Choreographer Jiri Kylian, for many years artistic director of the Nederlands Dans Theatre, used to make dances with an elemental sweep and a resonant humanism at their core. In the Boston Ballet’s “All Kylian” program, which presented three of his works spanning 28 years, that generosity of spirit — along with a hard-earned tenderness — shone through, but not without a detour along the way.
The oldest work on the program, “Symphony of Psalms” (1978), remains the most compelling. Set to Igor Stravinsky’s score of the same name, the dance, for 16, is at once a celebration and a requiem.
The words, sung with passion by the New World Chorale, bounce off the backdrop hung with heavy Persian carpets and the chairs that line the back and side wall. The action comes in canons and waves, bodies dropping out of groups like rain and arms that rebound into cruciforms. This is a community of like-minded souls, and their support for one another is emotional and physical. A common refrain in the duets: a man leans into a woman as she sinks to a crouch, gently lowering him, belly first, to the ground.
Kylian enables you to see not just the individual phrases but the architecture of the whole — his bone-by-bone building of the choreographic structure, and then its deconstruction, as the dancers, alone and in groups, exit through the back scrim. You exult, and then accept, as the singers intone: “Let everything that hath breath praise the Lord./ Alleluja.”
Whereas “Symphony of Psalms” reflects our coming into the light and then fading, “Wings of Wax” (1997) concentrates on the risks we take in the interim. A dance for eight set to music by Heinrich von Biber, John Cage, Philip Glass, and Johann Sebastian Bach, it is an exercise in coupling, both its dangers, and joys: Now a man spins a woman on his back, now four women, running in slow motion, are “partnered” by a single man who zigs, zags, and slides among them.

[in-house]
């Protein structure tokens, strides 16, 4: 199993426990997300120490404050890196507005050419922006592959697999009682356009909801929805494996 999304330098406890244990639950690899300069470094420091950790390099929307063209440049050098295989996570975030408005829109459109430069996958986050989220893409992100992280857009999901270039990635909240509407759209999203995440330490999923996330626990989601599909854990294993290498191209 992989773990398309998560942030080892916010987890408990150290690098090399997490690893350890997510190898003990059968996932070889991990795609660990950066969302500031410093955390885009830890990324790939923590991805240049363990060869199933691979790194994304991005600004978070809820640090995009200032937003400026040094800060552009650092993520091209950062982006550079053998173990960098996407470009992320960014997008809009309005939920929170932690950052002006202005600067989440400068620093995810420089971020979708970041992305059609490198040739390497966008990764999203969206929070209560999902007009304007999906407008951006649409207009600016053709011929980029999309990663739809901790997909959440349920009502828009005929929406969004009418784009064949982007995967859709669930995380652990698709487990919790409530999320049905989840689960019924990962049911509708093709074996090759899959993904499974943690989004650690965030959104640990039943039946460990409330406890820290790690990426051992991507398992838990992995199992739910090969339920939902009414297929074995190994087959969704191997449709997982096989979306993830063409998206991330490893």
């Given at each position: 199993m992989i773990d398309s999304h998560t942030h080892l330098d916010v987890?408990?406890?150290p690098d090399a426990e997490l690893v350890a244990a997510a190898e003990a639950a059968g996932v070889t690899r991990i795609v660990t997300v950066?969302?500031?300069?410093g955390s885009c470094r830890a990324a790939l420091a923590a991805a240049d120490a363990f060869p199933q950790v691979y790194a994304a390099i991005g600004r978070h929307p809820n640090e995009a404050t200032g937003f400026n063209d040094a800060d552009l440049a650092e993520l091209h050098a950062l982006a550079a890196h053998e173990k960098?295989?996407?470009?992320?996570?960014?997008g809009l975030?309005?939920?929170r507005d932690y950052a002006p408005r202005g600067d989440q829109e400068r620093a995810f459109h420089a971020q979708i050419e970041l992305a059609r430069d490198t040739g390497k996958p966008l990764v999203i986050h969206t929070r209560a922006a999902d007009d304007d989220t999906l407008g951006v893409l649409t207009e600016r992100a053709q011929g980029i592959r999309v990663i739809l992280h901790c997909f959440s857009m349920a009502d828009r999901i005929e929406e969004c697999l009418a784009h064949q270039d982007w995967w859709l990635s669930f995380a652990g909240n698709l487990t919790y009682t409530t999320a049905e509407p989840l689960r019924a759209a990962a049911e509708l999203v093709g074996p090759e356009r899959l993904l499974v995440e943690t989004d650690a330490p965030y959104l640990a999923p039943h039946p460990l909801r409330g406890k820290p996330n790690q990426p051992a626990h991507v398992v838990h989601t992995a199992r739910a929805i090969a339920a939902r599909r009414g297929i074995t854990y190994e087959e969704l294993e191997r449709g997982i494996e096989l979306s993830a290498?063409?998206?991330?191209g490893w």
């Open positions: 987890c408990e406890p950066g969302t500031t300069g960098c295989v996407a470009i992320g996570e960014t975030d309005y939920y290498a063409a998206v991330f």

The Boston Ballet dancers slip with ease from Kylian’s languid classicism to his flex-footed, gnarly-armed modernity. The rigorous, stolid movement reflects the dramatic set: a thick tree hanging upside down, its roots a mere shadow of it craggy branches. A large light strung from the rafters circles the tree slowly, marking time, showing the passage from night to day.
The echoing “Tar and Feathers” (2006) appears to be Kylian’s walk on the modern dance experimental side — and suffers because of it. A compendium of distorted mouths and craggy limbs, turned-in feet, and jittering hands, it’s a distraught cry in the wilderness, complete with menacing growls and popping bubble wrap.
A large ice “boulder” of the wrap offsets the domineering image: a piano raised on nine-foot stilts, on which Tomoko Mukaiyama improvises live as the six dancers contort, spasm, and jitter below.
The sound is a pastiche: music by Wolfgang Amadeus Mozart, text by Samuel Beckett from the poem “What Is the Word,” and additional composition by Dirk Haubrich.
The dancers, in particular, Kathleen Breen Combes, give it their all — rummaging through the darkness with vigor and bracing intent. But even they can’t override the contrivances of the action.Thea Singer can be reached at firstname.lastname@example.org.